It is very important to know the training and experience of your doctor before surgery. Ask about their experience with laparoscopic gallbladder removal and open gallbladder surgery.

What Causes Gallstones?

Some people cannot undergo laparoscopic gallbladder removal. You can have open surgery if you are one of these people. Some reasons to have or switch to open surgery are:

There is no complication (problem) if your surgeon decides to switch to open surgery. They will change if open surgery is the safest option for you. Your surgeon may not know this until after the laparoscopy begins. They will use their best judgment about the safest surgery for you.

You will likely return to your normal activities within a week. Complications are problems that occur during or after medical care. Most people who have laparoscopic gallbladder surgery have few or no complications.

Complications from laparoscopic gallbladder removal (cholecystectomy) do not occur frequently. They can include bleeding, infection in the surgical area, hernias, blood clots, and heart problems. A hernia is when a small amount of your intestine (bowel) or other tissue bulges through the muscles that cover it.

Gallstones (cholelithiasis): Causes, Symptoms, Treatment

You should also know that any surgery carries the risk of injuring other parts of the body. This is not likely, but it is possible. Gallbladder surgery may injure nearby areas, such as the common bile duct, large intestine (colon), or small intestine. You may need another surgery if this happens. It is also possible for bile to leak into the abdomen after gallbladder surgery.

Most gallbladder surgery complications are rare, meaning they almost never occur. If you are concerned about any potential complications, please consult your surgeon.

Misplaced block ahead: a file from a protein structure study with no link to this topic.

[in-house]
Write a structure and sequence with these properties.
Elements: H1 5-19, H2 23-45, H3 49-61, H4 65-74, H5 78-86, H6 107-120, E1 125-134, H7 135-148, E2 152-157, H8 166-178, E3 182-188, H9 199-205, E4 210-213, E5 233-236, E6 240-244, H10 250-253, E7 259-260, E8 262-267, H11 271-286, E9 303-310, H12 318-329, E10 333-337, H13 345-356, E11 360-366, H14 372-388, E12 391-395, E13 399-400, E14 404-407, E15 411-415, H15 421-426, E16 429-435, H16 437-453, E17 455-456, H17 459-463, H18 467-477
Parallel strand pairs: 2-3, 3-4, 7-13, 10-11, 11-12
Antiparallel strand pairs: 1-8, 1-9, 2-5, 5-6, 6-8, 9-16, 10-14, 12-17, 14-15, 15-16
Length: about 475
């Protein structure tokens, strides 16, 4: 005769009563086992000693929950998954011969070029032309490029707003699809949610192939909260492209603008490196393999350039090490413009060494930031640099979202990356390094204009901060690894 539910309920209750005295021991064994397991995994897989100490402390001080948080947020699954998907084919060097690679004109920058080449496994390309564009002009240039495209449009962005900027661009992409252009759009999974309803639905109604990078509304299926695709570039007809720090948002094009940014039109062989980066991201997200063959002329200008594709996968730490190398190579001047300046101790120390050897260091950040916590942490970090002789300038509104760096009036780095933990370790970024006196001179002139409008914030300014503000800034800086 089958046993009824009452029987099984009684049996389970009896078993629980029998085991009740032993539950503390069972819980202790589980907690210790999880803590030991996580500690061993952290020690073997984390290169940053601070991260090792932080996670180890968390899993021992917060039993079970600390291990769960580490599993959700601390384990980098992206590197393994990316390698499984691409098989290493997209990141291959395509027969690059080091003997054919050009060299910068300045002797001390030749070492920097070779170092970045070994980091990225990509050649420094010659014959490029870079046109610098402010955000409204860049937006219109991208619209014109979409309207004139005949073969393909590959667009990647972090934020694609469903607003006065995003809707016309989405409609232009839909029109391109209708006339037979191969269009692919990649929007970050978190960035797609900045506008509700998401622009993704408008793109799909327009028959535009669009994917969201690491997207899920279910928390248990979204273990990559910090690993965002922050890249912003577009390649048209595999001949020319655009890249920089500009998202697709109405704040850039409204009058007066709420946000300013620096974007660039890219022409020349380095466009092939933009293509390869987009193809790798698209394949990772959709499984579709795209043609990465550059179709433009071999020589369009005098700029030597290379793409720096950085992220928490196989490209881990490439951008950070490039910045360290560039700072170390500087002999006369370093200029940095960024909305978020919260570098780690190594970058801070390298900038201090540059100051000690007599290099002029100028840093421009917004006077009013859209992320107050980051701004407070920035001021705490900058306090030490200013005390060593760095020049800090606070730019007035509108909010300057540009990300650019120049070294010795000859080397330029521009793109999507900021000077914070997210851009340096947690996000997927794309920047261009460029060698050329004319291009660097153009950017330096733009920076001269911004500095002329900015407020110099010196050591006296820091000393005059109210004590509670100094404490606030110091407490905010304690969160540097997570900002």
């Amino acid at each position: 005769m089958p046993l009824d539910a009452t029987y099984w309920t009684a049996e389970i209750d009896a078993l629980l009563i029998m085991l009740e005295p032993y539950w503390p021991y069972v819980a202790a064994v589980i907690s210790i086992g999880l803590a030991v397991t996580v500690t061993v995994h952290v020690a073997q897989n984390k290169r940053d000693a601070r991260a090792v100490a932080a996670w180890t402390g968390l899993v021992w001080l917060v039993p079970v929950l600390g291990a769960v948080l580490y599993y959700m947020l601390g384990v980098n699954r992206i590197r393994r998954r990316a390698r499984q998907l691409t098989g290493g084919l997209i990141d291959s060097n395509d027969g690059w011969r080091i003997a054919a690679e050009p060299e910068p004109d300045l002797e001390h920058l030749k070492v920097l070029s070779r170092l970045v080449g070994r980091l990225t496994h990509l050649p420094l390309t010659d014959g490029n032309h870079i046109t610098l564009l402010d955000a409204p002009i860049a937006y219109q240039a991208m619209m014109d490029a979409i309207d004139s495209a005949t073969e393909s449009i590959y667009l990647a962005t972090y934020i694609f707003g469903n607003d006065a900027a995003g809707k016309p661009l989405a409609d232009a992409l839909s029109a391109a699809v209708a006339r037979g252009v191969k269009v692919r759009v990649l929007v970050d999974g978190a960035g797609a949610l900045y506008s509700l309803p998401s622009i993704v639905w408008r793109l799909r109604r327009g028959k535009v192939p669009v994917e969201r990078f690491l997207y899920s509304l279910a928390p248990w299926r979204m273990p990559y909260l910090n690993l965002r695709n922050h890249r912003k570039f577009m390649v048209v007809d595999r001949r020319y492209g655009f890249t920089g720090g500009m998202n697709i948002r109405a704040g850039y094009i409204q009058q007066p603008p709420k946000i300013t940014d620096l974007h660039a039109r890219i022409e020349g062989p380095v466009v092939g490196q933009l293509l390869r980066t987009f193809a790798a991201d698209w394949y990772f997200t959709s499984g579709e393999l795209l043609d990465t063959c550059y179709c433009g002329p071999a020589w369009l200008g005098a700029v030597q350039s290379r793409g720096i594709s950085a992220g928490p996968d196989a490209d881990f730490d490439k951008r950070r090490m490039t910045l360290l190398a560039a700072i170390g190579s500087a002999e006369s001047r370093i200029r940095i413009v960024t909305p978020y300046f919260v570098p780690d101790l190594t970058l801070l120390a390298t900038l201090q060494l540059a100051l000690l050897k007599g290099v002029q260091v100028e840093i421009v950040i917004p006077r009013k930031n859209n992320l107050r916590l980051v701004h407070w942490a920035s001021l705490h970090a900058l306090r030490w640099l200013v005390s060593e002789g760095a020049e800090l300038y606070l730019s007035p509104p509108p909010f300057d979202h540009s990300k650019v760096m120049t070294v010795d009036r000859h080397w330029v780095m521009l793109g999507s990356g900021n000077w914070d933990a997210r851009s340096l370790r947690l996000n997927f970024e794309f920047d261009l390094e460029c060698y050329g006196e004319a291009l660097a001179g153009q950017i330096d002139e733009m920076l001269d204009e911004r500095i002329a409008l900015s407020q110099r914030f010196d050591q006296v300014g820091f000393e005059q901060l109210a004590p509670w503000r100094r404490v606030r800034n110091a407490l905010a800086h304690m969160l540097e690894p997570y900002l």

You will probably be able to go home the day of surgery, or you can spend the night in the hospital. You should be able to drink fluids before you go home.

You will have some pain after surgery. Pain at the incision sites and in the abdomen is common. You may also have shoulder pain. This is from air placed in your abdomen during the operation. Shoulder pain should go away in 24 to 48 hours.

What Happens If Gall Bladder Stones Are Left Untreated?

You can take over-the-counter pain relievers unless your doctor tells you otherwise. Acetaminophen (Tylenol®) and ibuprofen (Advil®) are examples of over-the-counter pain relievers. Putting ice on your incisions can also help. Ask your doctor or nurse about the correct way to use ice.

Your surgeon may prescribe a small amount of narcotic pain relievers to help with the pain. Many people recover from surgery without taking narcotic pain relievers, but some will need narcotics for a few days. If you have questions about pain after surgery, please ask your surgeon or nurses. They should be able to tell you how long the pain will last and what to expect.

You may feel sick to your stomach (nausea) or vomit (vomit) after surgery. Surgery and anesthesia can make this happen. You should feel better in a day or two. Tell your doctor or nurse if you continue to vomit or feel nauseated.

You must be as active as your body allows you. Doctors recommend walking. You may go up and down stairs on the day of your surgery. The next day, you can remove your bandages, if you have them, and shower. You can expect to feel a little better each day after you go home. If not, call your doctor.

The Cholecystectomy Diet

If you do physical work that involves heavy lifting, ask your doctor when you can return to work. You may drive 24 hours after anesthesia if you are not taking narcotic pain medications.

If you had open surgery with a large incision, you need more time to recover. You will likely need to stay in the hospital for a few days after surgery. Expect to return to your full activities in 4 to 6 weeks. You may also recover more slowly in other ways. Your doctor can tell you what to expect.

This brochure is intended to provide an overview of the surgery. It is not intended to serve as a substitute for professional medical care or a discussion between you and your surgeon regarding the need for surgery. Specific recommendations may vary among healthcare professionals. If you have any questions about your need for surgery, your alternatives, billing or insurance coverage, or the training and experience of your surgeons, please do not hesitate to ask your surgeon or his office staff. If you have any questions about the operation or subsequent follow-up,